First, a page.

"Something strange is going on," murmurs a young woman towards the beginning of the Tokyo-set Pulse in an observation of glaring understatement. Writer/director Kiyoshi Kurosawa attempts to weave together two storylines: a florist Mimi (Kumiko Aso) witnesses a colleague's suicide, and a student Ryosuke (Haruhiko Katô) stumbles onto a software programme haunted by phantoms. Despite the dread-laden atmosphere however, this supernatural tale is poorly served by a shapeless and repetitive screenplay.
Whereas in Hideo Nakata's The Ring it was a videotape which unleashed evil forces, in Pulse it's the internet which allows dark spirits to re-enter the world of the living. Separately both Mimi and Ryosuke witness sinister images on computer screens, such as a man sitting on a chair with a plastic bag over his head and the word help scrawled over the walls. Suicides multiply, Tokyo seems drained of activity, and ghostly figures begin to appear in everyday environments - libraries, supermarkets, amusement arcades - leaving sooty traces in their wake.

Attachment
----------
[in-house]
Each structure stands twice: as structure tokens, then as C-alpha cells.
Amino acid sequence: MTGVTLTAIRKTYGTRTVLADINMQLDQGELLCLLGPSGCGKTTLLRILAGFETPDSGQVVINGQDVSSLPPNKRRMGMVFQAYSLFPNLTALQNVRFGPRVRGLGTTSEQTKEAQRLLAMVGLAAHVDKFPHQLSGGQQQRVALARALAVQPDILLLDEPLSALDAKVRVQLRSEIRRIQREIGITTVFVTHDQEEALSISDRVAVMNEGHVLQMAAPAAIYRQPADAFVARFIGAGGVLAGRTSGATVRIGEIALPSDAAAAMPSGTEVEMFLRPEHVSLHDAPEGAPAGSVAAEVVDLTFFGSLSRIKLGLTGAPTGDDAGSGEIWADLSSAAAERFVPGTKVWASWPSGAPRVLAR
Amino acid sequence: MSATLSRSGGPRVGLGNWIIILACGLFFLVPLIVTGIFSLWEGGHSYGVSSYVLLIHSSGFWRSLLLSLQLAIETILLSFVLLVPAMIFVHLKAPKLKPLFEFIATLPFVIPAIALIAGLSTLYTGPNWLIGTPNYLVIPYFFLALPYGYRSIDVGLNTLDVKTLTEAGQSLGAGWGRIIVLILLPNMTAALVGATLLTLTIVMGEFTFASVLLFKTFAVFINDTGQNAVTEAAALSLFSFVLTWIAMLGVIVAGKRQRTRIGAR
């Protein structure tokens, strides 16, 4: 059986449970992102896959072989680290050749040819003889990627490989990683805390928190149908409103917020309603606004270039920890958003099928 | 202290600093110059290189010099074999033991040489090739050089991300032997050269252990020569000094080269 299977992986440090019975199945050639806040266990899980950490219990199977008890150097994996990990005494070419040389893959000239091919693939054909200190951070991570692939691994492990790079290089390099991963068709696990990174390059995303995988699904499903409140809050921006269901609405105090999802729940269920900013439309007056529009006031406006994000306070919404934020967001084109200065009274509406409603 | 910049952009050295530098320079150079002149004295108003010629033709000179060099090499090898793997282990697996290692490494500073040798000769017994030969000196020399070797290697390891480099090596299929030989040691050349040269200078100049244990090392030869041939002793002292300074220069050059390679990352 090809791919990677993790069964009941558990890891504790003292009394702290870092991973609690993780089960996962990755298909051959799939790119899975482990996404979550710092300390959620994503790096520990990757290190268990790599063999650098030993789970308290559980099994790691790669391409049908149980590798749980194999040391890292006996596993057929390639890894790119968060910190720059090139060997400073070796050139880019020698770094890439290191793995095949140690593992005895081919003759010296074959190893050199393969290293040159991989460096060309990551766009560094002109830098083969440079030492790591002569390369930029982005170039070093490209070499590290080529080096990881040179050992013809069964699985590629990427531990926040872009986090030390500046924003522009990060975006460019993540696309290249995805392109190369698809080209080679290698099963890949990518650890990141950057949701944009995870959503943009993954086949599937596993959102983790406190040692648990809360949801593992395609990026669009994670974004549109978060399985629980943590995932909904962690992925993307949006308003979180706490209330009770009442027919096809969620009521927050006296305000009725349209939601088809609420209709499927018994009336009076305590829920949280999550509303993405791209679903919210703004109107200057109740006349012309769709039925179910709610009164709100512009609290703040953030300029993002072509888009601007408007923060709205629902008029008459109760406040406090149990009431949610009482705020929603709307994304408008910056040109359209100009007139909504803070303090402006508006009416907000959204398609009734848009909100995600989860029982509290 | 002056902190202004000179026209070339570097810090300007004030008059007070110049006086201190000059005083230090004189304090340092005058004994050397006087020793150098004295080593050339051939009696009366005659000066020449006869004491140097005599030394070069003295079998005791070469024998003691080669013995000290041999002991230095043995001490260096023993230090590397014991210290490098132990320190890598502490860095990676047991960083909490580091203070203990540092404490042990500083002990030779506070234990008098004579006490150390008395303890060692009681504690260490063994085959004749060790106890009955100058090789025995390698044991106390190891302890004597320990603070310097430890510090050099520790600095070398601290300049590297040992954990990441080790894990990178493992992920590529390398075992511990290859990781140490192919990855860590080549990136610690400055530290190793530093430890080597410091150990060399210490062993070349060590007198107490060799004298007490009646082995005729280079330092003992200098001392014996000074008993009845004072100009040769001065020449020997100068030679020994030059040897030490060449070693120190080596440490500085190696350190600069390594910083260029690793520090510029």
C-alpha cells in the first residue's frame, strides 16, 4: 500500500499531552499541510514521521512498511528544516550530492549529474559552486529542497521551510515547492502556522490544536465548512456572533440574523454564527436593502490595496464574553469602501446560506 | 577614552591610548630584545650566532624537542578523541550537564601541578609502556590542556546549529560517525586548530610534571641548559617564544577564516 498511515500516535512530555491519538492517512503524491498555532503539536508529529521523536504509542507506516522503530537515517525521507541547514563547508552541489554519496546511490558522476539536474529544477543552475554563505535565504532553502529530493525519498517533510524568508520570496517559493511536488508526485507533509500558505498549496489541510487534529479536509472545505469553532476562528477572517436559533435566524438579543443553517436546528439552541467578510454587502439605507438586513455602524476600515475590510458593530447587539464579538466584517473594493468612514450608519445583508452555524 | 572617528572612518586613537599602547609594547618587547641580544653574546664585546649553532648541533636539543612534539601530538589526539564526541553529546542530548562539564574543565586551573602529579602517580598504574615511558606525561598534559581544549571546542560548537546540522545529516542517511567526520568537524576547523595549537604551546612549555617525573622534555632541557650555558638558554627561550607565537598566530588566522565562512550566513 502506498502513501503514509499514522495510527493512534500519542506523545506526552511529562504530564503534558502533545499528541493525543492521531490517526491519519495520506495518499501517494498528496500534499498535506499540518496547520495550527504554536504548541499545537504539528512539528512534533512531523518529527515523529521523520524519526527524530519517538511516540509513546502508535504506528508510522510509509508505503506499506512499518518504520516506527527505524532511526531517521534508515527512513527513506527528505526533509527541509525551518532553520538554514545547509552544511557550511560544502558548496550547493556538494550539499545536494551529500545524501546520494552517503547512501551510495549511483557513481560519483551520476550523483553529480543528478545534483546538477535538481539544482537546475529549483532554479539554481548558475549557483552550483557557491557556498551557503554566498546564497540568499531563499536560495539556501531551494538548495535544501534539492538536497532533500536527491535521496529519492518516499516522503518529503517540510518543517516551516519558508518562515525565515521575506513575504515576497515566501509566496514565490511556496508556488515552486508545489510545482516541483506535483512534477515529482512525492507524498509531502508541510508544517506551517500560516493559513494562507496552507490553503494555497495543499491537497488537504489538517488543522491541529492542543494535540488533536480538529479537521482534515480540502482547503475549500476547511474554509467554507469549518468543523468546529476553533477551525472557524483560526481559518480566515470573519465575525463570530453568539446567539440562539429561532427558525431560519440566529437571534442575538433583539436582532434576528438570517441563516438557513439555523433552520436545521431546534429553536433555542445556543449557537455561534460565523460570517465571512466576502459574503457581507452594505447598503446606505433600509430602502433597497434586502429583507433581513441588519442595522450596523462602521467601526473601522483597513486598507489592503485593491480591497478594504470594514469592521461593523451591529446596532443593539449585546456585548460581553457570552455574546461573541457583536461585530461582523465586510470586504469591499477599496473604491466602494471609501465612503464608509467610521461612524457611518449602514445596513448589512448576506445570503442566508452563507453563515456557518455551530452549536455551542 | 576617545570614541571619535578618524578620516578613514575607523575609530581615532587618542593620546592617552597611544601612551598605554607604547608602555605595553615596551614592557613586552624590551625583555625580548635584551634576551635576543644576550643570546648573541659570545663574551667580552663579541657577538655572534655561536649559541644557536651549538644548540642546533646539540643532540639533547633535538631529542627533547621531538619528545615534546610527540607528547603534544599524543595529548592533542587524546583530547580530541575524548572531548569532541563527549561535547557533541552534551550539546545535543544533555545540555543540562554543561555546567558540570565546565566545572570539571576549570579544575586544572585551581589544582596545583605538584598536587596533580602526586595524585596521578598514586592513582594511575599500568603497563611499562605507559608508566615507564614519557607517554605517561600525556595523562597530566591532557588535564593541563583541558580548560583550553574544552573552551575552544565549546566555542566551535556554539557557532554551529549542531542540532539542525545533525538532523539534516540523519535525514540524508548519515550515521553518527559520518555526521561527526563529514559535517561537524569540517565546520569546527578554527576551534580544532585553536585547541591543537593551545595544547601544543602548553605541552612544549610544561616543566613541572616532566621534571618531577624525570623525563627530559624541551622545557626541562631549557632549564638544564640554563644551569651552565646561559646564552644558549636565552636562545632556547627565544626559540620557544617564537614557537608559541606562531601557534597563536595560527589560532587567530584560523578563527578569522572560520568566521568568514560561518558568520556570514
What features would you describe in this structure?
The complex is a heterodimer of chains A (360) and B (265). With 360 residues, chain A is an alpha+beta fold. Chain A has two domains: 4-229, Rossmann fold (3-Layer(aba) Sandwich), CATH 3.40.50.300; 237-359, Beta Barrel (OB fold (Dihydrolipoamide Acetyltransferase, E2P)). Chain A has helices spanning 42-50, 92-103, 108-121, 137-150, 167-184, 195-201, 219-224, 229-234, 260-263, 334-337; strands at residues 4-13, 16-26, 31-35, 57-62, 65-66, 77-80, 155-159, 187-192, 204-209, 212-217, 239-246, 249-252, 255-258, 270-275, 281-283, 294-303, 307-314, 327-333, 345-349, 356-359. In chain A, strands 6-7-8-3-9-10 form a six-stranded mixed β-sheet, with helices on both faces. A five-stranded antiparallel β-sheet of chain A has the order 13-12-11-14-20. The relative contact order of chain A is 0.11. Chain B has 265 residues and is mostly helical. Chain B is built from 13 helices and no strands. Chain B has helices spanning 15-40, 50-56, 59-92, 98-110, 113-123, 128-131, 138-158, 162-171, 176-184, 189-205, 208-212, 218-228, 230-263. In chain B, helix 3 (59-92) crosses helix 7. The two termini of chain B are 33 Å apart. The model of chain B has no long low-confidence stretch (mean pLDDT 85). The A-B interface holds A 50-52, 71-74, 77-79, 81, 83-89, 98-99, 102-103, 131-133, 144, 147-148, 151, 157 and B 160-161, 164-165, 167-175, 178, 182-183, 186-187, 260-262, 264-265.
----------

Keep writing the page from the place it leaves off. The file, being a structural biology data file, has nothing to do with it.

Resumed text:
"A HANDFUL OF ARRESTING MOMENTS"
Favouring long takes, medium shots and shadowy lighting, Kurosawa uses the ghost story genre to explore the emotionally disconnected nature of modern urban life: the fear of one of the most technologically adept characters Karue (Koyuki) is that death will bring eternal loneliness. Yet whilst there are a handful of arresting moments, including a digitally created plane crash and a ride on an eerily deserted train, Pulse mostly proceeds at a funereal pace and the pallid characters fail to engage one's emotions.